Staff hopes Ruvna screening app keeps virus in check

School turns to Ruvna to screen for COVID symptoms and track possible spread

Ruvna%27s+simple+health+screening+questions+one+of+several+measures+to+help+stop+the+spread

Ruvna Inc.

Ruvna’s simple health screening questions one of several measures to help stop the spread

New Trier recently started using Ruvna health screening for students and staff coming on-campus, which the administration believes, along with social distancing and masks, will help create a low-risk learning environment. 

Ruvna Health, a program created specifically for schools in response to COVID, allows for screening symptoms and contact tracing to prevent cases. The app has been tested mainly by the athletic department since Sep. 8, as in-person practice began before in-person learning. 

“With athletics, we started off with using a Google survey. That’s how we started in the summer to try and find out if someone was in contact or was sick or having some symptoms to try and keep everybody healthy and safe. And then Ruvna came along, which I think has been very helpful from my point of view,” head athletic trainer Dale Grooms said. 

Ruvna requires a guardian to fill out a questionnaire every morning to screen for symptoms before students come to school, to prevent the possible spread COVID on campus. 

“Ruvna asks me if I have any symptoms like a headache, fever, chills, etc,” senior and Varsity Football player Frankie Romeo said. “It takes me about 30 seconds to fill out.”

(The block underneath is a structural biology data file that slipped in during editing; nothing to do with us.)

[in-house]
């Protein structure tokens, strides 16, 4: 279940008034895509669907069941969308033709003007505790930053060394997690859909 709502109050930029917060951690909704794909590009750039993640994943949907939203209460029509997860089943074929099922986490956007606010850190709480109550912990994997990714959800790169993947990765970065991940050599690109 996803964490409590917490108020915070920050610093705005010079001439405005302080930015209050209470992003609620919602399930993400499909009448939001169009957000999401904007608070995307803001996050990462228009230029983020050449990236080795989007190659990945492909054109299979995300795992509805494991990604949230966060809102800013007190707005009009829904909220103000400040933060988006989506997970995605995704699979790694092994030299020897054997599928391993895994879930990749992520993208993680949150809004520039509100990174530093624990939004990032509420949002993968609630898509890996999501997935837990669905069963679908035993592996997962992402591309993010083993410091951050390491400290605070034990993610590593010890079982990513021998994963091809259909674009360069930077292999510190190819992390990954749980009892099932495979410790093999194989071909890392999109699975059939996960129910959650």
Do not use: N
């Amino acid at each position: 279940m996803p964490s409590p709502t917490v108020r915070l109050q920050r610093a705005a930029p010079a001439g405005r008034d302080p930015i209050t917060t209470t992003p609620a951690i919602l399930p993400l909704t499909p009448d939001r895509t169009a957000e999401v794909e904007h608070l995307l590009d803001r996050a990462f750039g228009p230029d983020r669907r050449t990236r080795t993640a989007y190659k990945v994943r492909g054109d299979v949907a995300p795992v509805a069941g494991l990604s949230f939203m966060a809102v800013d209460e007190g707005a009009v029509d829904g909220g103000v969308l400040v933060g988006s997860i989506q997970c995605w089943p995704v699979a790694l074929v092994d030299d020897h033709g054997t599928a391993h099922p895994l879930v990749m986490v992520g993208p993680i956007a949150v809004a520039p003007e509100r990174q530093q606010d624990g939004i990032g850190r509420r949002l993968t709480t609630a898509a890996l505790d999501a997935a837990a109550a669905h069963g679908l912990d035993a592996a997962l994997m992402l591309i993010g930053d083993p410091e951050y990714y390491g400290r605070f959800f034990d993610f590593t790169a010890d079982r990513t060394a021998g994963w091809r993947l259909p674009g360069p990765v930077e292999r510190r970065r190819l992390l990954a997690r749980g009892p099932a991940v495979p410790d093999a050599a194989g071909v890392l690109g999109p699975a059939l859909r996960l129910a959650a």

If a student is showing no symptoms, they receive a QR code. This code, or “golden ticket” as school nurse Anne Marie Ricchio described it, must be scanned before a student is allowed on campus. If a student-athlete is showing symptoms, he or she is instructed to call Grooms. Everyone else with symptoms calls health services. 

“If the parent calls us, the nurses will speak with the parents together about symptoms, travel and potential exposure to COVID-19,” Ricchio said, “and will assist the families with next steps, including if a follow up with a provider is recommended or if a COVID test is going to be necessary or already in process, and what is needed for the student to return to school.” 

According to Grooms, there were a couple cases of COVID over the summer and beginning of the school year, but the situations were handled well. Students or staff showing symptoms stayed home, and the school was able to track who they might have come into contact with through Ruvna. 

“[Ruvna] also helps us with contact tracing because it gives us when students sign in, because they’re being scanned in with the timestamp, so it helps us see where students are, and when they signed in,” Ricchio said. 

The Health Service Department has been satisfied with the program’s ability to track symptoms and trace contacts, but the real test will come when students begin attending classes on campus Oct. 6. Along with social distancing and wearing masks, officials hope Ruvna will help create a safer environment for students to experience hands-on learning again.